“It can happen, of course, but what are the chances of falling in love with something when you have so little exposure to it? And what if you were off school that day? That was your one chance. It barely gets an intro.”

    Lawrence Okoye (Mark Shearman)

    Backley knows it will take the initiative of some purposeful, driven individuals to start turning the tide. He is also more than happy to offer his wealth of experience to the cause. But that has been the case for 20 years now.

    “I often wonder what I could do personally,” he says. “I remember taking an idea to UK Athletics when I first retired. I had this idea that in many ways athletics is built on a series of mentorships. So you might have a local coach or somebody who an athlete could speak to and the higher you go, the better the mentor becomes.

    “Why don’t we design a mentor scheme so that a club athlete can speak to the county athlete, the county athlete can speak to the regional champion, the regional champion speaks to the national champion, the national champion can speak to the most recently retired, and they’re overseen by the champion who’s long since retired and has time to devote to it? That at least puts in place a ladder you can ascend by sharing information.

    “And I remember the feedback at the time questioned whether everyone has that mentality. I was really surprised because I just assume that people have that sharing mentality. I think they do generally.”

    He adds: “I retired 20 years ago and I could count on one hand how many people have approached me asking for help. I’m working with a shot putter at the moment. Their coach approached me and we do a weekly or fortnightly zoom or phone call as a way of offloading ideas. But there’s very little activity, considering how many former champions are still out there. I remember Lynn Davies saying something similar. People just don’t get tapped up.”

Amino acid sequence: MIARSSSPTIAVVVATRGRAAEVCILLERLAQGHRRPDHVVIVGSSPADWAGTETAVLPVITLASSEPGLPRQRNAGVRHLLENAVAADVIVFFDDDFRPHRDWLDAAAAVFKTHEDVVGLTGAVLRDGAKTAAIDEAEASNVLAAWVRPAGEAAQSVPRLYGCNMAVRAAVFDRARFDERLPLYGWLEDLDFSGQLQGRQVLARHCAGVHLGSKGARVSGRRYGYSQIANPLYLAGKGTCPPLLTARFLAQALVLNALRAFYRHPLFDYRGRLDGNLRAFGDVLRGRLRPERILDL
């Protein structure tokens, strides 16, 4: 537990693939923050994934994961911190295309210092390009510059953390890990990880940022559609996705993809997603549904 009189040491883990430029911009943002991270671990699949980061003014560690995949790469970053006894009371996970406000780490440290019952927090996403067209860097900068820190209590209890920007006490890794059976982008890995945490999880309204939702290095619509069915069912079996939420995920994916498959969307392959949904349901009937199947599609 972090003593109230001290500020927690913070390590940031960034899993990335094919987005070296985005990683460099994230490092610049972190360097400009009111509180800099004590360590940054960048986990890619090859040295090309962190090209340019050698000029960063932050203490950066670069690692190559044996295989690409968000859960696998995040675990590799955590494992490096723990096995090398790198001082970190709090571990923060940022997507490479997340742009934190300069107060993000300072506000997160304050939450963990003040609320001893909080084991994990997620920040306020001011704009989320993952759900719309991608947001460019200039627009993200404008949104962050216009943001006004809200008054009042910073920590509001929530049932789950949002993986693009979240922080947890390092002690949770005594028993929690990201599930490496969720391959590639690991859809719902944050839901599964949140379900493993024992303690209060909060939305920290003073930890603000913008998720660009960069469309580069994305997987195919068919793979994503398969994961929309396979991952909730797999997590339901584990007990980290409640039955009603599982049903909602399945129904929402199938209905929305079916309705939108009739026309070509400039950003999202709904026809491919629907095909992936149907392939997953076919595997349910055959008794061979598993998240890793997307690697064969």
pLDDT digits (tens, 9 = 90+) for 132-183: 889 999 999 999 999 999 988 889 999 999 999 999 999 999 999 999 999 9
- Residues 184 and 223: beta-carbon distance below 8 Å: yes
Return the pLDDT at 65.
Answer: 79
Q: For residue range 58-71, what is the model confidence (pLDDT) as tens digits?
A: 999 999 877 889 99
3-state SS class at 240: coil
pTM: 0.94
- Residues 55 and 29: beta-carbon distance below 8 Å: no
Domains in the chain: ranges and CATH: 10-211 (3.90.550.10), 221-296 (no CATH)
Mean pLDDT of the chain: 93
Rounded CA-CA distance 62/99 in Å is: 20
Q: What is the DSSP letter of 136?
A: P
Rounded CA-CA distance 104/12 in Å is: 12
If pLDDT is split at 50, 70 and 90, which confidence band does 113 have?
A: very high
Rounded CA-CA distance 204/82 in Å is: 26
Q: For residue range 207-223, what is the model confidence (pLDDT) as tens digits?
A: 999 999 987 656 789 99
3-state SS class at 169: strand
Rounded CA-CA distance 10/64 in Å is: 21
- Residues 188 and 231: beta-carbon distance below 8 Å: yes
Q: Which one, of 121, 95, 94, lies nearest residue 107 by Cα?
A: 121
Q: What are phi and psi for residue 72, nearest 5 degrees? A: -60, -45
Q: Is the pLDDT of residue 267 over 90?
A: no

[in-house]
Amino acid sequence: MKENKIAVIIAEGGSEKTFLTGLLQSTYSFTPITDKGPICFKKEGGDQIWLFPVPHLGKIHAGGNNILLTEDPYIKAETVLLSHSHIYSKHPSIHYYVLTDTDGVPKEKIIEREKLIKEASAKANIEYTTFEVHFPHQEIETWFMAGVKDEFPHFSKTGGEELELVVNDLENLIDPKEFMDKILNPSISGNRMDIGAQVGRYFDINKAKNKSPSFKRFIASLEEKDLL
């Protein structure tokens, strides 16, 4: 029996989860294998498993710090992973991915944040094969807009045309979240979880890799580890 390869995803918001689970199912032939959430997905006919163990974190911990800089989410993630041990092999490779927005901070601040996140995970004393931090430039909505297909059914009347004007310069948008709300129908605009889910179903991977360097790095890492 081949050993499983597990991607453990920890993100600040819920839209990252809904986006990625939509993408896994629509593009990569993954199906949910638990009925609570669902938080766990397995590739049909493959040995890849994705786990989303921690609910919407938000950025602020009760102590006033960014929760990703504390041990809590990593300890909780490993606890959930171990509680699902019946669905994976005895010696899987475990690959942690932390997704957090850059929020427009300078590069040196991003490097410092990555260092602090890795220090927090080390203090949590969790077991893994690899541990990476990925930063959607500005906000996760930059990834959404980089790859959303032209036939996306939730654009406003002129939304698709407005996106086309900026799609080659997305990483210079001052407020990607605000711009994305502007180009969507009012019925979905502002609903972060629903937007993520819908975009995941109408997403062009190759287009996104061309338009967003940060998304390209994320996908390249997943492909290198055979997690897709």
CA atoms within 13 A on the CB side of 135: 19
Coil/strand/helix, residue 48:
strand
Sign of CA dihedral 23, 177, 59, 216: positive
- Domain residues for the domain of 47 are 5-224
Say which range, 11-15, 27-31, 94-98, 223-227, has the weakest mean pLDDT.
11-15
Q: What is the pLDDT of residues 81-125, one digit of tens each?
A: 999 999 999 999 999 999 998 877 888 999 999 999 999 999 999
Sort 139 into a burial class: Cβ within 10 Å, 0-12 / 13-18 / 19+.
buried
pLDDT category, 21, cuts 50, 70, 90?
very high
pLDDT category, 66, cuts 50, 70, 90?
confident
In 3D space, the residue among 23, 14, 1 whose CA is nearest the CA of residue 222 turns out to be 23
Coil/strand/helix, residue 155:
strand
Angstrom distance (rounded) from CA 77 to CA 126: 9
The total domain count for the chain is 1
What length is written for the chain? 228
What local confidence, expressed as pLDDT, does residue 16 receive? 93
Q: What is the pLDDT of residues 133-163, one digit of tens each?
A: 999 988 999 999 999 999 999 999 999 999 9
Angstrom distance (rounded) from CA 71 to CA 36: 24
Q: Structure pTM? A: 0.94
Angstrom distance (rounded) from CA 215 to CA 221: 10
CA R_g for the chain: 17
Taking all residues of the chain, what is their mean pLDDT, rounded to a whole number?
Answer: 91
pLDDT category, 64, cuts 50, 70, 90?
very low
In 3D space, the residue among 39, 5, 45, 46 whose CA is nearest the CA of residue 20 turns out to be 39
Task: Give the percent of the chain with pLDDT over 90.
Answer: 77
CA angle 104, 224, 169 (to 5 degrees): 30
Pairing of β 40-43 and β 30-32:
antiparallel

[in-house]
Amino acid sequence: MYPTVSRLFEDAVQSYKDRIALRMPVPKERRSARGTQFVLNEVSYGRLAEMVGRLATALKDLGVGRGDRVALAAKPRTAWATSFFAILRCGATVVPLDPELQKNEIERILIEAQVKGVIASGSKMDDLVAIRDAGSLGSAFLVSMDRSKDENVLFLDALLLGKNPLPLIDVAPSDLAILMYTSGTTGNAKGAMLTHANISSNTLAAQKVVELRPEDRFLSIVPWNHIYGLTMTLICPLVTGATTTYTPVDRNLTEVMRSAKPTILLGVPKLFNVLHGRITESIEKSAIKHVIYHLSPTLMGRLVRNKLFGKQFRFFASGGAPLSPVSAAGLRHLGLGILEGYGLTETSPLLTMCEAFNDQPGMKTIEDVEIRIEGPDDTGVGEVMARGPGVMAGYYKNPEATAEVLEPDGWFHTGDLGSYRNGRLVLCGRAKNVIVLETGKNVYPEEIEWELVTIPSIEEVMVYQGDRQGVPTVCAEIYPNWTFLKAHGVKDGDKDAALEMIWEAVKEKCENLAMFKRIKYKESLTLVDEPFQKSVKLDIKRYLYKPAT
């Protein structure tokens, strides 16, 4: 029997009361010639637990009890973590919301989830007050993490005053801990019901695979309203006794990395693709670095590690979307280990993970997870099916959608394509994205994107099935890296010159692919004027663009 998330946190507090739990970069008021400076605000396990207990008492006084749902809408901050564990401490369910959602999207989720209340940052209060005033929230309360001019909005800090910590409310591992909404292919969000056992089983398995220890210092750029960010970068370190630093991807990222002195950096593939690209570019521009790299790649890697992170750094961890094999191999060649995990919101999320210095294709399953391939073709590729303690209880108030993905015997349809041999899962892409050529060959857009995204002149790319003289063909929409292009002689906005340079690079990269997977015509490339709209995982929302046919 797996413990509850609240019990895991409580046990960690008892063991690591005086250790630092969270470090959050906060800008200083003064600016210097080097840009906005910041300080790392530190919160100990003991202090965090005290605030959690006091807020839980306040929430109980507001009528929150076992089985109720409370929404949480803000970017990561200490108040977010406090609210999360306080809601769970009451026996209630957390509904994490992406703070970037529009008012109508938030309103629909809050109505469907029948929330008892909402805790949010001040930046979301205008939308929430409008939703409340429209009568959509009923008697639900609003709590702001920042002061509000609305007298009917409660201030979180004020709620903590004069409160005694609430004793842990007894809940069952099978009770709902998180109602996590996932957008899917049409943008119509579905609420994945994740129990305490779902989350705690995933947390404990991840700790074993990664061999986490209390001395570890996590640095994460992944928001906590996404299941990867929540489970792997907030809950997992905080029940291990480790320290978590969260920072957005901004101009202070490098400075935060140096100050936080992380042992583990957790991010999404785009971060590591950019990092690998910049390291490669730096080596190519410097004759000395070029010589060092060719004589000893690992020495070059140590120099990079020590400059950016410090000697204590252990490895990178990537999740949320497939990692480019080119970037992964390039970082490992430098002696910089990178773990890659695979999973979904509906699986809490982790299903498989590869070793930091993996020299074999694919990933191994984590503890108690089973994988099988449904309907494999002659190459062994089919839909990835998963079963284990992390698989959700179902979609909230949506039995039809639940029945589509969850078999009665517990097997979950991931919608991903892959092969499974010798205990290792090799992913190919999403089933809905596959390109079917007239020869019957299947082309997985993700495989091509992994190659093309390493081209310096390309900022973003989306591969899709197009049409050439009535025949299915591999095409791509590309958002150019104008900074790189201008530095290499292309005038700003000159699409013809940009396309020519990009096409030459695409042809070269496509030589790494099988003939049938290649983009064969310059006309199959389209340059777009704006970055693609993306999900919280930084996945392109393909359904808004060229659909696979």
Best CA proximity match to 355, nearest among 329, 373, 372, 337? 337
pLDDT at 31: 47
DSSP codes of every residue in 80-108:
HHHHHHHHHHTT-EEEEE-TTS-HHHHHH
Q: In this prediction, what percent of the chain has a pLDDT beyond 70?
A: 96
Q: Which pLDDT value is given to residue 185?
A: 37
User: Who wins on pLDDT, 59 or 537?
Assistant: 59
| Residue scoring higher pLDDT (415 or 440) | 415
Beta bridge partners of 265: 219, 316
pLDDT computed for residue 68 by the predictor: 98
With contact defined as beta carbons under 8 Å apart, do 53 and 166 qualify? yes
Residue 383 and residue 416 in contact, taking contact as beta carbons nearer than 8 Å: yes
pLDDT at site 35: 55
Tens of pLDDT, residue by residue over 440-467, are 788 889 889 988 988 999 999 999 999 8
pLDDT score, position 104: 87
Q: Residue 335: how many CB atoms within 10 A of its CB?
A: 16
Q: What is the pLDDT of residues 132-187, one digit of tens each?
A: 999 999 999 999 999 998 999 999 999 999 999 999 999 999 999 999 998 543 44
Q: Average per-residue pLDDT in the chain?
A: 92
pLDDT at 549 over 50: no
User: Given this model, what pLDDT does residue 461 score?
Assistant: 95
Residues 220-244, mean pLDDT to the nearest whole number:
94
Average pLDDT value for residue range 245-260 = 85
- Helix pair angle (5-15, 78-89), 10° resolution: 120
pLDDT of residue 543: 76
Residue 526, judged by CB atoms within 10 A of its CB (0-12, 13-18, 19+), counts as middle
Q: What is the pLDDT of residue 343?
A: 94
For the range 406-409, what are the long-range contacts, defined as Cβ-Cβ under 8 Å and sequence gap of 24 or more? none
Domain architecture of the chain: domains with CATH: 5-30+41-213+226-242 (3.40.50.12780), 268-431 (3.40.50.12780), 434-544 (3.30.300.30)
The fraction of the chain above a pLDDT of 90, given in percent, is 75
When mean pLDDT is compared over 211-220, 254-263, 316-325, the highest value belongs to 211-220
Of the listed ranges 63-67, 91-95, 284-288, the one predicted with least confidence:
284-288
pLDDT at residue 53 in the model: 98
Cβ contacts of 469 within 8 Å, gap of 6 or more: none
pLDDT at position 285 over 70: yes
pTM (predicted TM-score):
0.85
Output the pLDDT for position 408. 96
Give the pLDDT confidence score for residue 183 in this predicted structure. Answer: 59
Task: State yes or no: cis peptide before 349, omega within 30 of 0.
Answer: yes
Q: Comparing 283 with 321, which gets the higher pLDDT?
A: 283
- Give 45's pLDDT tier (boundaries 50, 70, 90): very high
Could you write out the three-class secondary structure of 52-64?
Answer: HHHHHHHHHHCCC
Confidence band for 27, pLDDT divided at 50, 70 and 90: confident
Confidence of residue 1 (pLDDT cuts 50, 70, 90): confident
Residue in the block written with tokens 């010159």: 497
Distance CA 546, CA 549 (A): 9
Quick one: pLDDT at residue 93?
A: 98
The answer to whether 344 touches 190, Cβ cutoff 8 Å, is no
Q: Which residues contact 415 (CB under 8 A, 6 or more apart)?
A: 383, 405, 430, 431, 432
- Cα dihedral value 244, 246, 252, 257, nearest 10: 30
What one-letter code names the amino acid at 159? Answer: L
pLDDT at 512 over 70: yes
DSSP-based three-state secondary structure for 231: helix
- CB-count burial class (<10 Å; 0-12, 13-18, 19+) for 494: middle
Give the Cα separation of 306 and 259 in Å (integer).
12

Holly Arnold (Mark Shearman)

    Backley cites the work of people like David Turner at Loughborough University, who coaches Arnold and reigning British champion Bekah Walton, as well as shot put specialist Paul Wilson, mentor of 2022 world champion Chase Ealey and eight-time British champion Lincoln, as reason to believe that all is not lost. He can also see clues to a way back  through what is happening with some of the British team on the track.

    “The conversation is similar in the throws to what we were saying about the middle-distances in the late 1990s or early 2000s. It was: ‘We were so good in the 80s and 90s’,” says Backley. “But what I see now is the successes of Josh Kerr, Jake Wightman, Keely Hodgkinson, Laura Muir and all the others are more manufactured in that they seem to come from a well-structured, supportive system of development.

    “There are some clues there in how to go about this. There’s some great stuff going on. We just need more of the same.”

    Kenny Ikeji (Harvard)

    Britain’s emerging throws talents

    Kenny Ikeji
    Age: 21
    Event: Hammer
    His PB throw of 77.92m won the 2023 NCAA title, set a British U23 record and put him third on the British all-time list.

    Anna Purchase
    Age: 24
    Event: Hammer
    The 2022 Commonwealth finalist also reached the world final in Budapest last year.

    Michael Allison (Getty)

    Michael Allison
    Age: 19
    Event: Javelin
    Britain’s only field event medallist at the European U20 Championships last year, winning bronze, his PB of 76.97m puts him fourth on Britain’s all-time under-20 list.

    Bekah Walton
    Age: 24
    Event: Javelin
    The three-time British champion’s PB of 59.76m put her fourth on the British all-time list.

    Charlotte Payne
    Age: 21
    Event: Hammer
    The youngest British female ever to throw 70m won European U23 silver last year and was a late addition to the British team at the World Championships

    Zara Obamakinwa (Mark Shearman)

    Zara Obamakinwa
    Age: 19
    Event: Discus
    The Blackheath & Bromley athlete broke the 16-year-old UK under-20 record with 55.99m when winning bronze at the UK Champs

    » This article first appeared in the February issue of AW magazine, which you can read here